And while I’m waiting, I’ll hope the Yankees can decide on the right moves. The Baseball Winter Meetings begin next week and I’m hoping the Bombers can make a splash in Orlando.
“What do a Momma Bear on the pill and the World Series have in common?…
I have heard some pretty funny jokes in my life. The 2010 Major League Baseball End-of-the-Year Awards, though, have probably been some of the funniest jokes I have heard over the last couple of days.
To begin with, Ron Gardenhire of the Minnesota Twins was named the American League Manager of the Year yesterday. It marked the first time Gardenhire won the award and he won it because…um…why?
I don’t have an answer. He won it because the Twins took on and defeated a weak A.L. Central? He won it for going 2-8 over the last 10 games of the season?
Or maybe the Twins’ skipper won the award for getting booted in the first round of the playoffs for the fifth consecutive time. Do any one of those reasons make any sense?
I thought not. In reality they gave the award to the wrong Ron.
The Texas Rangers produced the best manager in the A.L.; no questions asked. Ron Washington took his team to the World Series for the first time in their franchise history. To get there, they beat a potent Tampa Bay Rays team in the American League Division Series as well as the defending champion New York Yankees in the ALCS.
In addition to that, Washington managed Texas past the Los Angeles Angels, a team that is almost locked in every year to win the AL West. Los Angeles had won the West three straight years entering 2010, but Washington and the Rangers did not let it happen again this year.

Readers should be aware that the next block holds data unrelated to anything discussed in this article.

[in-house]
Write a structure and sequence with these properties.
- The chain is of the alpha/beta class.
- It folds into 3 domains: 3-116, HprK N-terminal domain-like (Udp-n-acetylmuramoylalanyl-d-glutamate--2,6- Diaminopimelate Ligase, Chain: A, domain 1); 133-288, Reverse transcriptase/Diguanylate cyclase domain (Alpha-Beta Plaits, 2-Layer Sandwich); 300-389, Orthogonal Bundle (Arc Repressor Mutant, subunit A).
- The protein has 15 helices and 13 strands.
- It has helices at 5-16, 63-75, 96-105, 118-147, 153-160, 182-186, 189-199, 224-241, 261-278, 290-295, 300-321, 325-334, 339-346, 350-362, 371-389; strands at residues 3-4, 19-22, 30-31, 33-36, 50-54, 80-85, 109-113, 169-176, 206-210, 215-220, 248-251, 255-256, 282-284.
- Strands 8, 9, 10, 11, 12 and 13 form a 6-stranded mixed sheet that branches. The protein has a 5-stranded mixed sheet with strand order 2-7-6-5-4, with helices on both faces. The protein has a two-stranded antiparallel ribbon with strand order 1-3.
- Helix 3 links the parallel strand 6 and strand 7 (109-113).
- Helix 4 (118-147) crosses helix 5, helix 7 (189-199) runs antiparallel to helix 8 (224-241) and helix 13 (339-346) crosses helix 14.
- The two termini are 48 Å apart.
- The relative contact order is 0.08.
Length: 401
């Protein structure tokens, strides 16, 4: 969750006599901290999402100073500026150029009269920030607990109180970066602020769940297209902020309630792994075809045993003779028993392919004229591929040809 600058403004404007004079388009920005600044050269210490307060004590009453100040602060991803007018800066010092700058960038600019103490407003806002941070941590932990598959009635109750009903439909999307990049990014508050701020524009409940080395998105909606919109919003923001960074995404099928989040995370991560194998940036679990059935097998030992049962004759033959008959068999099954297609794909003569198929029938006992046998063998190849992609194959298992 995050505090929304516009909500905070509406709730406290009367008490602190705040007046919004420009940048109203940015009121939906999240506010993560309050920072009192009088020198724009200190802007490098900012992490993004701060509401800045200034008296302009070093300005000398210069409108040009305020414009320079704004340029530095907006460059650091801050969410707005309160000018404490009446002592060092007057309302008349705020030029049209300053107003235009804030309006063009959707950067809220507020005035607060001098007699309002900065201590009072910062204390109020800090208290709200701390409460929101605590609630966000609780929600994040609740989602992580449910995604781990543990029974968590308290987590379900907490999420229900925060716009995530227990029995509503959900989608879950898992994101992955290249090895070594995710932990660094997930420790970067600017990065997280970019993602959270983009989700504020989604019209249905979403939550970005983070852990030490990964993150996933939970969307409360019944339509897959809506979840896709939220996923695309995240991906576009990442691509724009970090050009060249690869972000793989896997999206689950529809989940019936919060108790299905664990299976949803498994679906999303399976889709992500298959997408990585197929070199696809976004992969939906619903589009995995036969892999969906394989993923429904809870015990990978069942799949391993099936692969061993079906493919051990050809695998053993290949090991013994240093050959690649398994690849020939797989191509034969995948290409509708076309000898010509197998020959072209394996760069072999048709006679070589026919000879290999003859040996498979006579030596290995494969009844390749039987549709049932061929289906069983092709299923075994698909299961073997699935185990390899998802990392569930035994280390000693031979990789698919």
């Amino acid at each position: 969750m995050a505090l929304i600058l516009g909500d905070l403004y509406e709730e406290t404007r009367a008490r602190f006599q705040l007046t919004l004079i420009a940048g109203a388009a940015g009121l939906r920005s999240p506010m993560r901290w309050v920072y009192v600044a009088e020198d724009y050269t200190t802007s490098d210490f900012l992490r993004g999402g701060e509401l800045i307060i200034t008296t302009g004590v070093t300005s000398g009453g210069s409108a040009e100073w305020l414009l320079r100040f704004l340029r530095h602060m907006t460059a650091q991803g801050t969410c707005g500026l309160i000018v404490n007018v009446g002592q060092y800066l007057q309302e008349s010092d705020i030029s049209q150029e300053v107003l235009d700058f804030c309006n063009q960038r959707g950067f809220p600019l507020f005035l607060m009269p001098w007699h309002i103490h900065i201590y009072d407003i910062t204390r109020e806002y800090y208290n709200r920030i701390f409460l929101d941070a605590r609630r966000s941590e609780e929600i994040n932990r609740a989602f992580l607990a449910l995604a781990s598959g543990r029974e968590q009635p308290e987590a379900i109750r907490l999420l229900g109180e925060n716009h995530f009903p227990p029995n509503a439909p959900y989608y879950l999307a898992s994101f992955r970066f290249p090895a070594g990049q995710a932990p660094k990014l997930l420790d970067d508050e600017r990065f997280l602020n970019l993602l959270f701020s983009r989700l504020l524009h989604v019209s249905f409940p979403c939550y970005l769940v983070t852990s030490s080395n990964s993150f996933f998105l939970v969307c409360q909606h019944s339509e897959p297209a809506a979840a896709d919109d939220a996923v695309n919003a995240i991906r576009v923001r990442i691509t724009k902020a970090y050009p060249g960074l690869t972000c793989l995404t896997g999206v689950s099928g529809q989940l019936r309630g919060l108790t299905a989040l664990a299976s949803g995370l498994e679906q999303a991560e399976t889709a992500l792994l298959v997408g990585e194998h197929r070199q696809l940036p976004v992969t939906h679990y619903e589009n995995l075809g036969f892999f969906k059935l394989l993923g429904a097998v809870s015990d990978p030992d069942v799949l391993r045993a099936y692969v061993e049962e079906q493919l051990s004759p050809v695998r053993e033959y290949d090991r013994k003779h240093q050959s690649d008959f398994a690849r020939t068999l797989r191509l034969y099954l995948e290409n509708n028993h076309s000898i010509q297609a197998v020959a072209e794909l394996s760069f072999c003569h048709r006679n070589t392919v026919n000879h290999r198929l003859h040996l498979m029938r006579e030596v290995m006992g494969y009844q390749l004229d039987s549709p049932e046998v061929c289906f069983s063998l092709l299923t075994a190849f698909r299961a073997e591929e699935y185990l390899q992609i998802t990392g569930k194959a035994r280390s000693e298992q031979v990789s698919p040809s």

Apparently that is not worth anything in the voters’ eyes. Instead they gave the award to the Twins’ skipper, who although is good, clearly did not deserve it. I do not wish to take anything away from Gardenhire, but Washington was the logical choice.
So the writers made a boo-boo. You wouldn’t think they would do it again in a matter of one day, right?
Today it was announced that Felix Hernandez of the Seattle Mariners won the American League Cy Young Award. The 24 year-old right-hander went 13-12 with a 2.27 ERA and 232 strikeouts in 2010.
13-12 and he won the Cy Young. Excuse me for a second…
OK, I’m back.
I had every expectation that either CC Sabathia of the Yankees or David Price of the Rays would win the Cy Young this year. I understand Hernandez had a great ERA, the lowest among A.L. pitchers, in fact. But I truly feel that it comes down to which pitcher is the most valuable to their team.
After all, the award does say MOST VALUABLE PITCHER on it.
Was Hernandez valuable to the Mariners? Perhaps yes, but look at the team in question. By the All-Star break, were they even playing for anything? Does the fact that they were out of the playoff race long before the season ended mean anything to any of the voters?